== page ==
Give SDOT credit for proactivity: After our report yesterday that the city’s proposing cutting down travel lanes on Fauntleroy Way between Alaska and California – from two each way to one each way plus a center turn lane, in conjunction with anticipated repaving – SDOT offered up a key interview before we could even ask: Eric Widstrand, the man who will recommend to SDOT leadership whether this should go forward. We talked this morning, and here’s what we found out:
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That’s the Google Street View from Fauntleroy/Raymond, along one stretch of the potentially narrowing zone, just in case you need a refresher. Now, our Q/A:
WSB (editor Tracy Record): What’s your role in this?
EW (SDOT’s Eric Widstrand): As manager of traffic operations and acting city traffic engineer, I would be in position to approve the change in lane configuration. (He later clarified that he would actually make the recommendation to SDOT director Grace Crunican.)
WSB: Has this been proposed before?
EW: It came up in the Bicycle Master Plan – where it’s called a “segment that needs further study.”
WSB: What sort of traffic-volume research have you done leading up to this?
EW: We have had some information collected for the past month or so. We have learned that, volume-wise, a three-lane section can accommodate the traffic.
WSB: And how much traffic IS that, on this stretch?
EW: We haven’t published the annual traffic flow map for 2007 yet, but going back through 2004, 2005, 2006 — 19,100 vehicles a day in 2004, 18,600 in 2005, 18,700 in 2006 …
WSB: What about the current and future growth along Fauntleroy — with more townhouses along the middle of that stretch, and the big projects coming in closer to the Alaska end?
EW: We will be looking out five to 10 years to make sure it will work in the long term, knowing that development is coming in, even some that might currently not be planned … we do want to take that into account. We are still evaluating, but we are not seeing longterm growth that would cause this to not work.
WSB: What problems, specifically, is this proposal supposed to solve?
EW: It’s trying to make the roadway work better for all users. A 4-lane segment works very well for auto traffic, but it’s not a great facility for cyclists. And we have had a problem with speeding. We’ve installed the radar signs to help with that … Also, a 4-lane (road) is not as easy for pedestrians to use; we have the (Fairmount) park and playground — trying to get across four lanes can be problematic.
WSB: So this is making accommodations for pedestrians and bicyclists, at the expense of cars?
EW: The city passed a “Complete Streets Initiative” in the past year or so [ed. note: April 2007; read this], and we need to look at all modes of travel. Since the Bicycle Master Plan recognized this segment for further study — if it is repaved, we want to take a look at it. If the paving program does not come through (this will likely not be done).
WSB: Are there any comparable roads elsewhere in the city where this kind of change was made?
EW: Stone Way has been rechannelized in the past year. The volumes are holding; we’re not seeing drivers diverting onto other roads. One other that’s currently being evaluated, Nickerson between the Ballard Bridge and just west of the Fremont Bridge.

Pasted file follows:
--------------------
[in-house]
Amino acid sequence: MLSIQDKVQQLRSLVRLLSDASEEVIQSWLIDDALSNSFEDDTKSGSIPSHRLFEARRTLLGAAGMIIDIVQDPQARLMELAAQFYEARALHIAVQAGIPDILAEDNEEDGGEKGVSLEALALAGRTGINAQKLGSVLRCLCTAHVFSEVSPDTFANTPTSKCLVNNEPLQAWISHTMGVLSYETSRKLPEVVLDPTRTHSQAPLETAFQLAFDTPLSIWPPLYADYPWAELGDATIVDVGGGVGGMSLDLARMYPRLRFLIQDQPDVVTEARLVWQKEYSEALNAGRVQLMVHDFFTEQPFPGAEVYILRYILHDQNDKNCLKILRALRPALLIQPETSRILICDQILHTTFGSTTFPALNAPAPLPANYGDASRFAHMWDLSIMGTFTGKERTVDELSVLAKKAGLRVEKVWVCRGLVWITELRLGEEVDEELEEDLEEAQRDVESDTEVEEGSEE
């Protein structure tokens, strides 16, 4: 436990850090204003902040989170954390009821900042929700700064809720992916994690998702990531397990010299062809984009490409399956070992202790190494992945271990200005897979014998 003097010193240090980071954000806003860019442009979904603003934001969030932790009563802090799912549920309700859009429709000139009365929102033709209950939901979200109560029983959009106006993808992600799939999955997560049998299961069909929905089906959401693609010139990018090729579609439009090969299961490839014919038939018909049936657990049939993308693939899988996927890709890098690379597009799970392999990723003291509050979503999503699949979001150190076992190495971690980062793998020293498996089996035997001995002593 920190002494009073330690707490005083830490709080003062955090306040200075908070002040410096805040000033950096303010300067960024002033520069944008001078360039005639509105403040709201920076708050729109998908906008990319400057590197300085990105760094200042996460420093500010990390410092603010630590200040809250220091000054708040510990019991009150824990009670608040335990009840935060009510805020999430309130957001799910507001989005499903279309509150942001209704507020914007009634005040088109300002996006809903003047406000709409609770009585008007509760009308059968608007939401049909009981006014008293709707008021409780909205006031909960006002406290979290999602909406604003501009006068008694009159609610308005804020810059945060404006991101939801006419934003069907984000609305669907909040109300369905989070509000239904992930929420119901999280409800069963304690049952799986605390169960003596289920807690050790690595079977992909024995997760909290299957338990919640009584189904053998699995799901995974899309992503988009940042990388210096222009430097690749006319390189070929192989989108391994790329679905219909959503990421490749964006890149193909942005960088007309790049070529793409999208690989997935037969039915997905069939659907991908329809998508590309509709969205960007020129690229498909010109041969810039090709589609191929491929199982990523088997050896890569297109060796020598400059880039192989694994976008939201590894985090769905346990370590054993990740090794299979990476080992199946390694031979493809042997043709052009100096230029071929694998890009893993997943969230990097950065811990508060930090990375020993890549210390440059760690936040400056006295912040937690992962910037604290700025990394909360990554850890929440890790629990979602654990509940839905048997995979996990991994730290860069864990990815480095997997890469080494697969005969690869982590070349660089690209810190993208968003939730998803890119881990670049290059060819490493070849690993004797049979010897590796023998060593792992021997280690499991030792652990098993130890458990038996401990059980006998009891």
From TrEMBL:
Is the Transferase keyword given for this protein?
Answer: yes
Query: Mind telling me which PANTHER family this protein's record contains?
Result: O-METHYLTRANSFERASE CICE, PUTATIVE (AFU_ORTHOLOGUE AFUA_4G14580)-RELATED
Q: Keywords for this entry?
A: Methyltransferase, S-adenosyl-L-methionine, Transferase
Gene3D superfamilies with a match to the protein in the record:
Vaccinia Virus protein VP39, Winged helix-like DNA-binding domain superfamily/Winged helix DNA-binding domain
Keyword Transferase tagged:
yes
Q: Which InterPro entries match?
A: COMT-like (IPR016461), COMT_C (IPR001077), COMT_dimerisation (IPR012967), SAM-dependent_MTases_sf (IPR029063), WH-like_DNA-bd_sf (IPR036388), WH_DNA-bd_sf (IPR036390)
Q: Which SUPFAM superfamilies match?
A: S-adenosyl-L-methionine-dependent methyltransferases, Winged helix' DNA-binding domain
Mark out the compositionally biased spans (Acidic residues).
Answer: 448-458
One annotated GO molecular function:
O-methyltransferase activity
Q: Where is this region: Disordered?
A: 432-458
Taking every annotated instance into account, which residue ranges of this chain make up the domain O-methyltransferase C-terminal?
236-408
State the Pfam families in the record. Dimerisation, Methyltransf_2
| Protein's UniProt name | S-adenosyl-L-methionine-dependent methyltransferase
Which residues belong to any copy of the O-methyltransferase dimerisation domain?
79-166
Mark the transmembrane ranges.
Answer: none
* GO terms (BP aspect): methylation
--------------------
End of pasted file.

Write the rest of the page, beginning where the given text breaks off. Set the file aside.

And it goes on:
WSB: Why don’t you envision traffic jams (if this is done)?
EW: I think we understand that with Fauntleroy, you have to be concerned with ferry-traffic surges – but also, it’s currently traveling on Fauntleroy in a two-lane stretch west of California, so I don’t think traffic jams are going to occur. We will have a two-way left-turn lane, which also could allow for potential medians for pedestrian crossings. We understand that at the intersections with California and Alaska we still need to maintain a certain amount of capacity to get through … so at Alaska we’d plan to transition to the existing cross-section – we still have to figure out how to handle Edmunds. And at California, we might take the outside through lanes, and make them transit lanes or right-turn-only lanes.
WSB: What about the proposal to turn Fauntleroy through the Triangle into a tree-lined boulevard with a median [WSB Sept. coverage] — is this meant to coordinate with that?
EW: I understand the boulevard proposal might extend to Edmunds – we do want to coordinate with that study, but this isn’t looking further (north/east) than Alaska.
WSB: From the open house (December 1st), what’s the chain of approval for this?
EW: We need to get community feedback, and we want to make sure our concept addresses those concerns — we will bring the concept we’re thinking about, but it’s not the final design. We want to get feedback. The driver here will be whether the paving project moves forward or not (in the budget process) – if it does, and we feel the three-lane configuration will work, we want to make sure we have community support, we don’t want to force a change.
WSB: When would it happen?
EW: If the paving goes forward, it would be done the first half of the year. After the meeting, we will go back and take a look at what we hear, we’ll talk internally, then ..it would be raised to the director of traffic management and the director of transportation. I’d make a recommendation on what direction we should do. We definitely want to get feedback from the community as a whole – we look at this as an opportunity to have a say on how Fauntleroy can work best for them. (later) If we can get a consensus at where marked crosswalks would help, that might be part of it.
WSB: If someone can’t make it to the December 1st open house (5:30-8:30 pm at High Point Community Center), how do they have a say in this?
EW: Write to firstname.lastname@example.org.